clove tagged posts

Lost and Found: A Pie

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I am sure you have lost at some point something. Your keychain, your wallet, your pen, your lighter, your dignity… And many of these items you wish you can get back: Your keychain, your wallet, your pen, your lighter, your dignity… Especially your dignity. The last one however is pretty much unrecoverable. But for the rest you can hope. And actually Greeks have gone to great lengths to strengthen their hope. They have a saint for that and it is very popular. His Name St. Fanourios loosely translates to appear, so it is considered the St. that makes lost things appear again. To his honor there is a pie that is made to commemorate his abilities and acknoedge him. And here is when things get culinary interesting. When tradition, religion and superstition meet, the mix is quite interesting. First of all there is a restriction that requires that you either use 7 or 9 ingredients. That is ok as long as there are other specific guidelines for the types or kinds of the ingredients. If not, the someone can easily cheats by adding nuts, or raisins, or fruits artificially raising the number of ingredients to the target value. So I will follow that rule just because tradition dictates but only to a certain point. I will not count for example almonds and walnuts as two ingredients, they are just nuts. The strangest of all, however, is that Greek orthodox tradition requires that deserts are made according to the lent rules: No Eggs, No Dairy and No Meat.

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Heart Warming Sider

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It is the fall, and even here in warm florida (well at least at the north part) it feels cold. It is the fall, and in the fall a heart and gut warming drink can do more good than any food. I am not suggesting to drink only, and don ‘t eat but I hope you get the point. So any way. To get cozy and warm let ‘s get a clue from from our friends in the north, far north that it is. New York (the state not the city) where apples are the most important crop of the year.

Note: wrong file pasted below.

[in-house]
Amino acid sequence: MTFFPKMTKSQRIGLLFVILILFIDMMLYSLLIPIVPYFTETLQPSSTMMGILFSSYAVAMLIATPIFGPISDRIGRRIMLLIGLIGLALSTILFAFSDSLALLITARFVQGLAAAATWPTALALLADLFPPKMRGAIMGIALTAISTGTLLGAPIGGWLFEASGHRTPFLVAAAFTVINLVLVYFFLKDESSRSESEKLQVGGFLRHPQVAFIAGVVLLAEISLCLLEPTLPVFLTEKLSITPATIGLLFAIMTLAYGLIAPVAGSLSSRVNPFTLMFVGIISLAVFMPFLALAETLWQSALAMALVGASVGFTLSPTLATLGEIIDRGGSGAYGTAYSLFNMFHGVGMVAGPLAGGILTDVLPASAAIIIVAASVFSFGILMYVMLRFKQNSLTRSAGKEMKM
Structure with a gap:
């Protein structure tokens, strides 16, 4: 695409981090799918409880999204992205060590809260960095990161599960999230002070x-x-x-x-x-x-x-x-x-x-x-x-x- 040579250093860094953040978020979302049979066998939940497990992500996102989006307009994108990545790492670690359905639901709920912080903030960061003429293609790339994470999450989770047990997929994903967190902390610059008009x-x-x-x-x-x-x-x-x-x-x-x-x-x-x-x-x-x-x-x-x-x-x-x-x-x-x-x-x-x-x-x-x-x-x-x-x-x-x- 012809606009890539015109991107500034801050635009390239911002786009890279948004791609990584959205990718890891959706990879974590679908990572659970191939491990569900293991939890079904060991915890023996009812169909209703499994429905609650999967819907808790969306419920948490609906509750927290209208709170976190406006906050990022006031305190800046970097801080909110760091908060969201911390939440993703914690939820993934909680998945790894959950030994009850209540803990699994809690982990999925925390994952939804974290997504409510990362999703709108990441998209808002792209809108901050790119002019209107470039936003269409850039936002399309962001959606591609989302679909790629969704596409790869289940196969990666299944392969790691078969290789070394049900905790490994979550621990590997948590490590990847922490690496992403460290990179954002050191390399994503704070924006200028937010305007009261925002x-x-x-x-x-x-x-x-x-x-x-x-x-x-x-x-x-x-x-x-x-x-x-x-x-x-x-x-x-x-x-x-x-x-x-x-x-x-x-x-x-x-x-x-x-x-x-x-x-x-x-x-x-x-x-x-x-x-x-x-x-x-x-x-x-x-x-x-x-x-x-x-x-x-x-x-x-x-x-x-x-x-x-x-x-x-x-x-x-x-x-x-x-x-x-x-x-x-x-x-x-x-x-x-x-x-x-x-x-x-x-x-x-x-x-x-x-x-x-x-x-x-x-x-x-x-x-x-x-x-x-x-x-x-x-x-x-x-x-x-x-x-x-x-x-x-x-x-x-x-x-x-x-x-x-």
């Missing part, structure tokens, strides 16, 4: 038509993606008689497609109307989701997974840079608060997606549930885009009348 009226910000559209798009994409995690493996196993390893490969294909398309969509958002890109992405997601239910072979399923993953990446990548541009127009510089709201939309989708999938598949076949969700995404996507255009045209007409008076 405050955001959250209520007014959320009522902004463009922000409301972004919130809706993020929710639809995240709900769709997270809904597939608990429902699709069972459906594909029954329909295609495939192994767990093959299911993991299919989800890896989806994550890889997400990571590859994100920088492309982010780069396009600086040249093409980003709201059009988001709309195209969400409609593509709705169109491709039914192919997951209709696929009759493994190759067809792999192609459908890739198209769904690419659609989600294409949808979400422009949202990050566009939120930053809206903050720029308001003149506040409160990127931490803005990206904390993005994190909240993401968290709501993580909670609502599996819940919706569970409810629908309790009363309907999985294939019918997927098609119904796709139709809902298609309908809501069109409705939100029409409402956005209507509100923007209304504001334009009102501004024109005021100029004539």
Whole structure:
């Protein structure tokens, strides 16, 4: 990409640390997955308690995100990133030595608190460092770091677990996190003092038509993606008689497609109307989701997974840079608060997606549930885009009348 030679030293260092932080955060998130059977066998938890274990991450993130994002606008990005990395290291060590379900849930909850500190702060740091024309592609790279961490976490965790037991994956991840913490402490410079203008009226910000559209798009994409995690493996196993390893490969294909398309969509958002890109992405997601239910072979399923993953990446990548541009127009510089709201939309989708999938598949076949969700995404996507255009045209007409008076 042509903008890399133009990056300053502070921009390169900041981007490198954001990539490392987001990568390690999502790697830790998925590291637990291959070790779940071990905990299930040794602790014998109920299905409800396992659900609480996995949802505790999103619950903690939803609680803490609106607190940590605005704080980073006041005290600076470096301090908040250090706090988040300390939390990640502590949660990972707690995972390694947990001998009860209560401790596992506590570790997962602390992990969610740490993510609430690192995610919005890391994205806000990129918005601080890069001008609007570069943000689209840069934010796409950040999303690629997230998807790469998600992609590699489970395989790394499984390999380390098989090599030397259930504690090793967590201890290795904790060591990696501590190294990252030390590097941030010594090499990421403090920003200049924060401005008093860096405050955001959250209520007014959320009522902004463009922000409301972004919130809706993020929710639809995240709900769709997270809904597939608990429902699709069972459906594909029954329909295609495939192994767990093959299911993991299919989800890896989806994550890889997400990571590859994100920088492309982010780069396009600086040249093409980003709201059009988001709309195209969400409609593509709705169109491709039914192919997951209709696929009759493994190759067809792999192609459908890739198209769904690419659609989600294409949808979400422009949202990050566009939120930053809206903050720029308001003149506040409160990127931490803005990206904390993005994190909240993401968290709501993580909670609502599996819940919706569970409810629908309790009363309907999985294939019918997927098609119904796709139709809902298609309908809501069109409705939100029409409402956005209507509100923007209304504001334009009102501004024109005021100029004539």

Up there th...

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Baklava: A Desert with History

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One of the most recognizable greek deserts is baklava. It is a layered desert with lot's of nuts and a thick sweet delicious syrup. It a staple to almost every greek restaurant and pastry shop. The history of the desert is long and it is lost in past centuries, somewhere in the middle east. The first record of a desert like such was in ancient Syria where the Assyrians at around 8th century B.C. were the first people who put together a few layers of thin bread dough, with chopped nuts in between those layers, added some honey and baked it in their primitive wood burning ovens.

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Cinnamon

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One of the most recognizable aromas is cinnamon. If you think of it is the only spice with pepper that has food named out of it, cinnamon rolls, Cinnamon Toast Crunch (cereals by General Mils), cinnamon swirl cake, apple cinnamon cake and so on... It is the only spice that has its aroma extracted and commercialized for room fragrant. It is also a spice that is very closely bonded to holidays. How many can imagine Christmas and Thanksgiving without cinnamon? Not many... I know. Not to mention all this cinnamon flavored gums. But have you ever wondered what makes cinnamon... well cinnamon? Before we get started with hard science stuff let 's see where cinnamon is coming from. Well cinnamon is native to Sri Lanka and the best cinnamon is still produced there. However the first reference to cinnamon was in the ancient China. A big difference between cinnamon and other spices that in cinnamon the flavor is not coming from the seed of a plant, but thin layers shaved of the bark of a small laurel-like tree; the (what else) cinnamon tree. The shaves are usually rolled to quills. There are two types of cinnamon you can find, the actual bark (actual skin) and thin layers that come out of the branch after the skin has been removed (picture above).

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